Citizen / General public
Researcher
Student / Future student
Company
Public partner
Journalist
Teacher / Pupil

Earth’s primitive atmosphere, a Venusian hell

In an article published in the journal Science Advances, a team of international researchers reveal that the Earth's primitive atmosphere must have been extremely hot and hostile to life, as it was saturated with carbon dioxide, a far cry from the welcoming atmosphere we know today, composed mainly of oxygen and nitrogen.

Earth’s primitive atmosphere, a Venusian hell

Artist's view of the Earth today and 4.5 billion years ago. (© Tobias Stierli / PRN Planets)

Publication date: 26/11/2020

Press, Research

Related themes : Origins

Until now, it was thought that the Earth’s primitive atmosphere, i.e. the atmosphere present at the time of its formation, must have been composed of certain gases such as ammonia and methane, which could have facilitated the development of life on Earth by reacting with lightning to produce amino acids (the famous “Miller-Urey” experiment), the latter being one of the main building blocks of complex life. But the actual existence of such an atmosphere has never yet been verified, as reproducing the extreme conditions of the Earth’s beginnings in the laboratory has proved particularly complicated.

Recreating a primitive Earth in the laboratory

To answer this enigma, Paolo Sossi and his colleagues first created rocks in the laboratory with a chemical composition identical to that of the rocky part of our planet (crust and mantle). They then subjected them to extreme temperatures (nearly 2000°C) at the IPGP in a laser-heated oven, with the aim of reconstituting miniature molten planets just 2 mm in diameter. These mini-planets were then placed in a state of levitation within gaseous currents with compositions consistent with the different atmospheres possibly present at the time of the Earth’s formation. The effect of these gases, and therefore of the atmospheric composition, was then recorded in the molten rock through the ratio of oxidised iron to reduced iron present in these molten silicate micro-planets.

Miniature planets in fusion: reconstitution using a laser-heated furnace at nearly 2000°C at the IPGP (© IPGP-Université de Paris)
Close-up view of the experiment with the hot magma sample surrounded by gas and held in suspension (© P. Sossi / ETH Zurich)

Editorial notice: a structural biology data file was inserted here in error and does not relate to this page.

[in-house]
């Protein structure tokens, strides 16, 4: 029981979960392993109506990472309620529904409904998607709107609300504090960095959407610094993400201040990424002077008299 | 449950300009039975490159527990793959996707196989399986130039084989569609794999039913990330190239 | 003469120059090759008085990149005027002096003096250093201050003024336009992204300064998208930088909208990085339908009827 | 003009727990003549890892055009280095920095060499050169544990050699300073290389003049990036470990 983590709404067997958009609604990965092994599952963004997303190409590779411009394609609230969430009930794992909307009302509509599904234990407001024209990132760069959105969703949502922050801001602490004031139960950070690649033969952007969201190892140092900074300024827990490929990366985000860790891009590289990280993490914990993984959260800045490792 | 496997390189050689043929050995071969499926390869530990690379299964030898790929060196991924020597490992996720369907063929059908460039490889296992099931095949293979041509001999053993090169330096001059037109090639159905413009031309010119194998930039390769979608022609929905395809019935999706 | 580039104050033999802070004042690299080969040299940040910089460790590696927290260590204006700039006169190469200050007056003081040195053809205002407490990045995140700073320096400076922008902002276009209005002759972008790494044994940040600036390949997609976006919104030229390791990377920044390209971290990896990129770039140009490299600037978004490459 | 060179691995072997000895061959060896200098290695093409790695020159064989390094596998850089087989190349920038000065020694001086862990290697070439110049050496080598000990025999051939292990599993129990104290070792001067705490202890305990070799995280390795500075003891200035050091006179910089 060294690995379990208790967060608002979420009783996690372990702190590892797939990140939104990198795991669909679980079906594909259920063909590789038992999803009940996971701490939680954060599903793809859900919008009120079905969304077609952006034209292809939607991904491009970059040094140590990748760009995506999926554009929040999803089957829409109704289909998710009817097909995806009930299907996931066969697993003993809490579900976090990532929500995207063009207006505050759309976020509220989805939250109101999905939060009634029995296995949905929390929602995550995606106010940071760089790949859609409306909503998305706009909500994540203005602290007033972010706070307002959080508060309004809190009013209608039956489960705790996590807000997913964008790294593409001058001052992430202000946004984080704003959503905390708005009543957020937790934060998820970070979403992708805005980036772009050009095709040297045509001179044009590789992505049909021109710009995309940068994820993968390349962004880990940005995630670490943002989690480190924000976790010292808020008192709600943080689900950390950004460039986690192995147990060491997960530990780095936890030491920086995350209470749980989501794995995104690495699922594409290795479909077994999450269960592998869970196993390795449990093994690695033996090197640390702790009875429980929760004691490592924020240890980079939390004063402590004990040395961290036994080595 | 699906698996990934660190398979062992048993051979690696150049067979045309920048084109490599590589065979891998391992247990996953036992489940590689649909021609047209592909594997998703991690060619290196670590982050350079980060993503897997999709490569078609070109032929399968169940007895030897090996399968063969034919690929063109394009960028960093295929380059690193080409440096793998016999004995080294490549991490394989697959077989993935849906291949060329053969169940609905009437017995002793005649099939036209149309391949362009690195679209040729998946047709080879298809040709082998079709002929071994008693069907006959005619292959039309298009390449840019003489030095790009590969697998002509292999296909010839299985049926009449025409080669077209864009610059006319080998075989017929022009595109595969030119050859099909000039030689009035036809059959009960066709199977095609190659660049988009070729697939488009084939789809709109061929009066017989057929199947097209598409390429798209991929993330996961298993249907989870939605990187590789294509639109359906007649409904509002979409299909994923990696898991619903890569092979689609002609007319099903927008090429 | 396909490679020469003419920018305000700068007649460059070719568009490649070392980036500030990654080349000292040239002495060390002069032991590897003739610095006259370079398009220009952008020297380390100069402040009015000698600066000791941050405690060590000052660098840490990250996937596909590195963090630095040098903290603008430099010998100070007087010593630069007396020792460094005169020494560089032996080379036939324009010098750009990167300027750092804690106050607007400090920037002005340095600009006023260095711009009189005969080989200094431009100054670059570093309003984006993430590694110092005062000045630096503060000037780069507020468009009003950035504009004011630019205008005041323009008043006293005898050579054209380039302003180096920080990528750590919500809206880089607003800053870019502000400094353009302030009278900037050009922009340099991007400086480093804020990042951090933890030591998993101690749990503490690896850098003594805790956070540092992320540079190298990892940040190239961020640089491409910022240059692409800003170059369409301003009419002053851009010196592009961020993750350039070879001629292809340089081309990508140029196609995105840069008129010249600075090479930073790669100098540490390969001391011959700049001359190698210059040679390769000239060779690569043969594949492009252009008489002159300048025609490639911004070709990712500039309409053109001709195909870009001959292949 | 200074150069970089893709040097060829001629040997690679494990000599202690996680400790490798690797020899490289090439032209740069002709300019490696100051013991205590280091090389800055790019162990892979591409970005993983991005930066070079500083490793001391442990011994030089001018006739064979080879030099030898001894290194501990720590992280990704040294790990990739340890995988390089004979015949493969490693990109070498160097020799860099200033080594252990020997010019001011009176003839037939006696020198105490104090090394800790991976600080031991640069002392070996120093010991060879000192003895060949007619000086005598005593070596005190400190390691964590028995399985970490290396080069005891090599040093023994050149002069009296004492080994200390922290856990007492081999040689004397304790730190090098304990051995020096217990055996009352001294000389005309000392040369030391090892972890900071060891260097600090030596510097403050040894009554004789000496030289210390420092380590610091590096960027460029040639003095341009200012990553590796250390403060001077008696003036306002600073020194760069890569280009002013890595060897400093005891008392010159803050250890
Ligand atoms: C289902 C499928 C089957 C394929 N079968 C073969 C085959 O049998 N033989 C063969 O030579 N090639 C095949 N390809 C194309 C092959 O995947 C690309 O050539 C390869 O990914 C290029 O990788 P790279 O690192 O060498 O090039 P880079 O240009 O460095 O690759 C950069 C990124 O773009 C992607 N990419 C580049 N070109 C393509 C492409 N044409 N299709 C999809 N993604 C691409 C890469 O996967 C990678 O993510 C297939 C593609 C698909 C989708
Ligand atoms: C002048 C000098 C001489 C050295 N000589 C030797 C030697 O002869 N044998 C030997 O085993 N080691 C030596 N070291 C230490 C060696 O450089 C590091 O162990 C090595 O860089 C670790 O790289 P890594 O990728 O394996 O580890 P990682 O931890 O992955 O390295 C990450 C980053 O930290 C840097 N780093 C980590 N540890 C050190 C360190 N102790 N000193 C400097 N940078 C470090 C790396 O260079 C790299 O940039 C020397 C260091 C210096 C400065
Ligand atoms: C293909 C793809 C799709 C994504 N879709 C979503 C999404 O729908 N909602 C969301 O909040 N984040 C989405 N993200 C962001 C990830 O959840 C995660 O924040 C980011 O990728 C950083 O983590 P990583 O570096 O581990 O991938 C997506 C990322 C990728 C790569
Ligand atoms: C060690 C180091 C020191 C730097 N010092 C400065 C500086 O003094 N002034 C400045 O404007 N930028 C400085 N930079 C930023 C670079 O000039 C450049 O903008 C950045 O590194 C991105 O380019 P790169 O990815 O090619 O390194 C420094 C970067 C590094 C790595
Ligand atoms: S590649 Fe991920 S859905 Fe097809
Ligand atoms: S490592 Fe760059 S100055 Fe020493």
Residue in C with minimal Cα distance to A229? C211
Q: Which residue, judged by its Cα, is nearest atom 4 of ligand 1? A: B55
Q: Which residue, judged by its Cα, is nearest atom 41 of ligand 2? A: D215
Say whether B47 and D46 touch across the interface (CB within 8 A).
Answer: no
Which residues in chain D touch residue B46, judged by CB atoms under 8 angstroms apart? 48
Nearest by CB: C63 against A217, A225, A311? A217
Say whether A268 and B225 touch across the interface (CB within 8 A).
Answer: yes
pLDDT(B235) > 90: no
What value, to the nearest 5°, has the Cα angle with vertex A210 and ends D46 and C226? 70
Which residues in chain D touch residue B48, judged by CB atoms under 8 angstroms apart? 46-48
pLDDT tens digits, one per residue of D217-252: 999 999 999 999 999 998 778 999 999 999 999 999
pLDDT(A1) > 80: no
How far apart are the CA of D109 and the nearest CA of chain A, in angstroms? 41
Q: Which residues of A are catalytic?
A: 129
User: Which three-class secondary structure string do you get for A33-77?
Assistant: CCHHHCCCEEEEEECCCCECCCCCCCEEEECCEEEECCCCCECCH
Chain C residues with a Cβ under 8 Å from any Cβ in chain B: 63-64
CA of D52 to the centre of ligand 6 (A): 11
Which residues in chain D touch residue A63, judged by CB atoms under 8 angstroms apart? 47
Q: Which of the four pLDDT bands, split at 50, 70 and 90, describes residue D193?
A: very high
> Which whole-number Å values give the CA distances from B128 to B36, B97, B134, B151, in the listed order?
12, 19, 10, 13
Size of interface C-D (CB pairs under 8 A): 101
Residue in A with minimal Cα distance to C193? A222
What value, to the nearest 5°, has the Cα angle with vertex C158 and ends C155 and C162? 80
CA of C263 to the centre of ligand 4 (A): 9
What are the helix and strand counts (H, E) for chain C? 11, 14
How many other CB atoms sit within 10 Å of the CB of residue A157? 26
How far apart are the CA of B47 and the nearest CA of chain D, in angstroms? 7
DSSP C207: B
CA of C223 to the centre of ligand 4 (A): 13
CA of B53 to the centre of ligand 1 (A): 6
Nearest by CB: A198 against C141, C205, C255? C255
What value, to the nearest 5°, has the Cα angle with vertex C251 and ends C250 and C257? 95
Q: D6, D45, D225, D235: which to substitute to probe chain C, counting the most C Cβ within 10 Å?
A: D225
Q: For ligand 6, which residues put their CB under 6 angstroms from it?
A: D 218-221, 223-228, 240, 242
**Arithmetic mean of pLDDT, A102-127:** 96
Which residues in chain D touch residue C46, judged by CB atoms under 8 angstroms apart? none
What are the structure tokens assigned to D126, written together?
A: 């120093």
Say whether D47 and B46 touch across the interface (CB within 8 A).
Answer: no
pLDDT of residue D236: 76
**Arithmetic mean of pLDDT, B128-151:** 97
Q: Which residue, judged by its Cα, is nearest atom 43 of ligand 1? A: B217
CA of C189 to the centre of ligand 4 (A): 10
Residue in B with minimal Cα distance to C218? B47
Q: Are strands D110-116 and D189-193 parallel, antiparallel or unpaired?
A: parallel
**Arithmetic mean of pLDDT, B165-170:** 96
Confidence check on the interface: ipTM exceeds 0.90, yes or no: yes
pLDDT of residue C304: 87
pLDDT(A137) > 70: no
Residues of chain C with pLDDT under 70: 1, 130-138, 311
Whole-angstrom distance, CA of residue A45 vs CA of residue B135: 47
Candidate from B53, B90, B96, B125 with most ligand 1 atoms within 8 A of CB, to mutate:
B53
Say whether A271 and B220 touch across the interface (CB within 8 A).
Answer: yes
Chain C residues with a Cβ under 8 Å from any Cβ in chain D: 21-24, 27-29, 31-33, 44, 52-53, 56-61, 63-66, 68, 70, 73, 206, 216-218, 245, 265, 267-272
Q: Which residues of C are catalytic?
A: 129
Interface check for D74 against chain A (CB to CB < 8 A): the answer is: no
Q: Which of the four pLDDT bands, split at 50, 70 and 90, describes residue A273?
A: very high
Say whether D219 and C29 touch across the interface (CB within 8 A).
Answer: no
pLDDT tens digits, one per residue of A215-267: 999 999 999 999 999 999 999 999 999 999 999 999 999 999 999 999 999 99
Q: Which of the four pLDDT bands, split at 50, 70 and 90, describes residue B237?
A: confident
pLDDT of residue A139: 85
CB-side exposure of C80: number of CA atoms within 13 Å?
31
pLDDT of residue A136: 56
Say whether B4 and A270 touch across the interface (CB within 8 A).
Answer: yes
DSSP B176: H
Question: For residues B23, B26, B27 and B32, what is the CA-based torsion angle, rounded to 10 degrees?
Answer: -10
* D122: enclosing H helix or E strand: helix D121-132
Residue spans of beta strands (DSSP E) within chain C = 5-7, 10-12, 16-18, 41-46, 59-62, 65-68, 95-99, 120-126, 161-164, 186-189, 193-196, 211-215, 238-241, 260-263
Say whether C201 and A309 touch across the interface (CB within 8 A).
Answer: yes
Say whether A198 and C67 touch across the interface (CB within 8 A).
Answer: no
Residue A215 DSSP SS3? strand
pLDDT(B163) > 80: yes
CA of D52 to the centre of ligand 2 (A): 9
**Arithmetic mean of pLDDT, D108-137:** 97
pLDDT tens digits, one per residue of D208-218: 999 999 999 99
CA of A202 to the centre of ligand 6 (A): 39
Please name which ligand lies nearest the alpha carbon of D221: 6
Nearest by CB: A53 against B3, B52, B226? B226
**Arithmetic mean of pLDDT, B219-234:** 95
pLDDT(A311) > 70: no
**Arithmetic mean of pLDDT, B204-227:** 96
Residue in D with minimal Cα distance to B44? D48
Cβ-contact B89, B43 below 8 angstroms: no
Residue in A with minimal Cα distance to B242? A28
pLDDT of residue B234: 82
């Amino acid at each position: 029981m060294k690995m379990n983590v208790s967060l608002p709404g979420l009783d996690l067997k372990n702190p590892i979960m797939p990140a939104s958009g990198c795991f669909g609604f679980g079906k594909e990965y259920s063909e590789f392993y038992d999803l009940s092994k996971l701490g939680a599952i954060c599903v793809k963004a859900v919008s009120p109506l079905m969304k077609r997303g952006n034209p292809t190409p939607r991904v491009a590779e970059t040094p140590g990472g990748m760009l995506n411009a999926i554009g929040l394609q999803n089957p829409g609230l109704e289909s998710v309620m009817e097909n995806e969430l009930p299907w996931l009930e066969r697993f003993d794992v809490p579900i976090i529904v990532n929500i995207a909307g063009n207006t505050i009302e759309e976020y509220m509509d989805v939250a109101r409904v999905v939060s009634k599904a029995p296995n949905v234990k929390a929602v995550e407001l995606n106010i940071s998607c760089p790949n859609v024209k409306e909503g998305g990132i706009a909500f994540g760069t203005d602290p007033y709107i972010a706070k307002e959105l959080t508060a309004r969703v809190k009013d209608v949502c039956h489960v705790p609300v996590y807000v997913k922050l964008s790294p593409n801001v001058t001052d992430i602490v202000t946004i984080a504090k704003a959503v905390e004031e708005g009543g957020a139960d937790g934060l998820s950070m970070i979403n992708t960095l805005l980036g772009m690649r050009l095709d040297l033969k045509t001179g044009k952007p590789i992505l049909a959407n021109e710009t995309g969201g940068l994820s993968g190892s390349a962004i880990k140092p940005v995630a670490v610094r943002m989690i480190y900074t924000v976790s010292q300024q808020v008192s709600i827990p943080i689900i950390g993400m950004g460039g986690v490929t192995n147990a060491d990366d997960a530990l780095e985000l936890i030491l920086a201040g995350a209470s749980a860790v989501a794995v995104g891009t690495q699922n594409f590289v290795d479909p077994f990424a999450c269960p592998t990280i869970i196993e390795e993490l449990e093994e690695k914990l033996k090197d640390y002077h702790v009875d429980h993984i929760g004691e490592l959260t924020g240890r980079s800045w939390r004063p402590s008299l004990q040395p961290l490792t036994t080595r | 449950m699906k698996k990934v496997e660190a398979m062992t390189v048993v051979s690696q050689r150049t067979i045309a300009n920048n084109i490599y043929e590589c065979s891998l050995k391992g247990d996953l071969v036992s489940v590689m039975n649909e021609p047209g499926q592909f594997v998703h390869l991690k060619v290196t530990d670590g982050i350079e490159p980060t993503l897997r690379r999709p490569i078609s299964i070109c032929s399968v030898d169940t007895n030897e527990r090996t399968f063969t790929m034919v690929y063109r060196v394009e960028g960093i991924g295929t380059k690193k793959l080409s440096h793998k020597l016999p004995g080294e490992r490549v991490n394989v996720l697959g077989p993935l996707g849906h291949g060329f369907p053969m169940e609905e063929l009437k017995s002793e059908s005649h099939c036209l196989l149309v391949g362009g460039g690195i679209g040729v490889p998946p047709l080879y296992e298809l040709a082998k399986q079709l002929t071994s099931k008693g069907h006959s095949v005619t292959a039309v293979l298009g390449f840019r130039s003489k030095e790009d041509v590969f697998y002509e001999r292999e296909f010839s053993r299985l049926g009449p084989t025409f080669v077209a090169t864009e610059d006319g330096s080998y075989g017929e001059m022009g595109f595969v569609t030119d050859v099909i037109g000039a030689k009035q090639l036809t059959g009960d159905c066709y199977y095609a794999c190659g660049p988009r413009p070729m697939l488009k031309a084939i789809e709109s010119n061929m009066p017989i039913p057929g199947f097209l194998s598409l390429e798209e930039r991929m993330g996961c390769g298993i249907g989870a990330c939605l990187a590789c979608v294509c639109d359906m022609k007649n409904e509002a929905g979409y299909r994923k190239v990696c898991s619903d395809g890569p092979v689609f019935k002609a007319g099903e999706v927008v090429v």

An unfriendly primitive atmosphere

The research team then looked for a match with the same oxidised iron/reduced iron ratios found today in the rocks of the Earth’s mantle. Surprisingly, they discovered that our planet’s first atmosphere could not have contained the hydrogen-rich gases essential for life (ammonia and methane), but rather carbon monoxide and carbon dioxide. What’s more, the proportions and pressures of these gases in the Earth’s primitive atmosphere were probably similar to those observed on the planet Venus today, the latter containing around 96.5%CO2, 3.5% N2 and a pressure 92 times greater than that of the Earth.

So why do these two planets seem so different today? Paolo Sossi and his colleagues suggest that the Earth’s position in the ‘habitable zone’ of our solar system probably enabled it to retain liquid water on its surface in the form of the first oceans, which absorbed a large part of its initialCO2-rich atmosphere. Indeed, the Earth’s temperate location, together with its large size, contributed to the establishment of mild conditions on its surface over long geological periods. On the other hand, Venus, which receives almost twice as much solar radiation as our planet, was unable to maintain its initial water content because of the constantly high temperatures on its surface.

Can amino acids, the essential ingredients of life, develop in such atmospheres? The mystery remains.

Ref : Sossi, P.A., Burnham, A. D., Badro, J., Lanzirotti, A., Newville, M. & O’Neill, H.St.C. Redox state of Earth’s magma ocean and its Venus-like early atmosphere. Science Advances. doi: 10.1126/sciadv.abd1387

Latest news
A new tectonic micro-plate identified north of the Dead Sea Fault
A new tectonic micro-plate identified north of the Dead Sea Fault
In a study published in Science Advances, an international team has systematically analysed Sentinels-2 radar images to identify a new tectonic micro-...
Yann Klinger awarded ERC Advanced Grant 2023
Yann Klinger awarded ERC Advanced Grant 2023
Yann Klinger, CNRS Research Director and head of the Tectonics and Mechanics of the Lithosphere team at the IPGP, has been awarded the prestigious Eur...
Meteorites and magnetism in comics!
Meteorites and magnetism in comics!
To make it easier to communicate her research subject, a researcher from the IPGP and MIT has teamed up with an illustrator, herself a geophysicist, t...
The NanoMagSat mission gets go-ahead from ESA!
The NanoMagSat mission gets go-ahead from ESA!
The Programme Board for Earth Observation of the European Space Agency (ESA) has just decided to proceed with the NanoMagSat mission. This mission, in...